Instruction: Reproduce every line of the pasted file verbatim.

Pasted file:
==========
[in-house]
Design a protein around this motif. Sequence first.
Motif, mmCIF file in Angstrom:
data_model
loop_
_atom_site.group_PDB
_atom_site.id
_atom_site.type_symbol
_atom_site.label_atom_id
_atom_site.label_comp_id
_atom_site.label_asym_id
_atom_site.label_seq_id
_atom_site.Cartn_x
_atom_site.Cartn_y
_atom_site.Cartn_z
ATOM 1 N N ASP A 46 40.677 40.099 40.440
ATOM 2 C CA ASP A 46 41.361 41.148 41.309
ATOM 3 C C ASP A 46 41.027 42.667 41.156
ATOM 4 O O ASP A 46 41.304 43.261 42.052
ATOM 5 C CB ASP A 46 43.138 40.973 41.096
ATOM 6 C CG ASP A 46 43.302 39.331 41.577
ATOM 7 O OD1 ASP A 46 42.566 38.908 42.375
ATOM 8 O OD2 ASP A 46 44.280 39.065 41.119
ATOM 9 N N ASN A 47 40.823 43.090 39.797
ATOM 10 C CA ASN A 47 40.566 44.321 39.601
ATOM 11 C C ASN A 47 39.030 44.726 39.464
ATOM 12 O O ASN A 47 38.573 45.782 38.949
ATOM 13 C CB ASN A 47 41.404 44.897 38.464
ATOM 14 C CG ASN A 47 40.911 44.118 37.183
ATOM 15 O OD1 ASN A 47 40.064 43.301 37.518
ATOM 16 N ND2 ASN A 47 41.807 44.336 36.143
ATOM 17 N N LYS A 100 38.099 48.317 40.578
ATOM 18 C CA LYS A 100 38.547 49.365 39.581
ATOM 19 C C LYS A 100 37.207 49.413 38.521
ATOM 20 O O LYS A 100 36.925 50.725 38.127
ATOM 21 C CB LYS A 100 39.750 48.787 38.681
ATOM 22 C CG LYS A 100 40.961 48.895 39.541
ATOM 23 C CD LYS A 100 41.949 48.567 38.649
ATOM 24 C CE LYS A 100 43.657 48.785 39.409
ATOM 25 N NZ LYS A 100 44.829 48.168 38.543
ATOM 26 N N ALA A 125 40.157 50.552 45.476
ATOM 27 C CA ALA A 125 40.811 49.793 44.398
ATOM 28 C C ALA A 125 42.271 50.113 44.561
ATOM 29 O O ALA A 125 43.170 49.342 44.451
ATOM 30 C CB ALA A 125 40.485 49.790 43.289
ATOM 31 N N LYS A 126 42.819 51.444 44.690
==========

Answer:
[in-house]
Design a protein around this motif. Sequence first.
Motif, mmCIF file in Angstrom:
data_model
loop_
_atom_site.group_PDB
_atom_site.id
_atom_site.type_symbol
_atom_site.label_atom_id
_atom_site.label_comp_id
_atom_site.label_asym_id
_atom_site.label_seq_id
_atom_site.Cartn_x
_atom_site.Cartn_y
_atom_site.Cartn_z
ATOM 1 N N ASP A 46 40.677 40.099 40.440
ATOM 2 C CA ASP A 46 41.361 41.148 41.309
ATOM 3 C C ASP A 46 41.027 42.667 41.156
ATOM 4 O O ASP A 46 41.304 43.261 42.052
ATOM 5 C CB ASP A 46 43.138 40.973 41.096
ATOM 6 C CG ASP A 46 43.302 39.331 41.577
ATOM 7 O OD1 ASP A 46 42.566 38.908 42.375
ATOM 8 O OD2 ASP A 46 44.280 39.065 41.119
ATOM 9 N N ASN A 47 40.823 43.090 39.797
ATOM 10 C CA ASN A 47 40.566 44.321 39.601
ATOM 11 C C ASN A 47 39.030 44.726 39.464
ATOM 12 O O ASN A 47 38.573 45.782 38.949
ATOM 13 C CB ASN A 47 41.404 44.897 38.464
ATOM 14 C CG ASN A 47 40.911 44.118 37.183
ATOM 15 O OD1 ASN A 47 40.064 43.301 37.518
ATOM 16 N ND2 ASN A 47 41.807 44.336 36.143
ATOM 17 N N LYS A 100 38.099 48.317 40.578
ATOM 18 C CA LYS A 100 38.547 49.365 39.581
ATOM 19 C C LYS A 100 37.207 49.413 38.521
ATOM 20 O O LYS A 100 36.925 50.725 38.127
ATOM 21 C CB LYS A 100 39.750 48.787 38.681
ATOM 22 C CG LYS A 100 40.961 48.895 39.541
ATOM 23 C CD LYS A 100 41.949 48.567 38.649
ATOM 24 C CE LYS A 100 43.657 48.785 39.409
ATOM 25 N NZ LYS A 100 44.829 48.168 38.543
ATOM 26 N N ALA A 125 40.157 50.552 45.476
ATOM 27 C CA ALA A 125 40.811 49.793 44.398
ATOM 28 C C ALA A 125 42.271 50.113 44.561
ATOM 29 O O ALA A 125 43.170 49.342 44.451
ATOM 30 C CB ALA A 125 40.485 49.790 43.289
ATOM 31 N N LYS A 126 42.819 51.444 44.690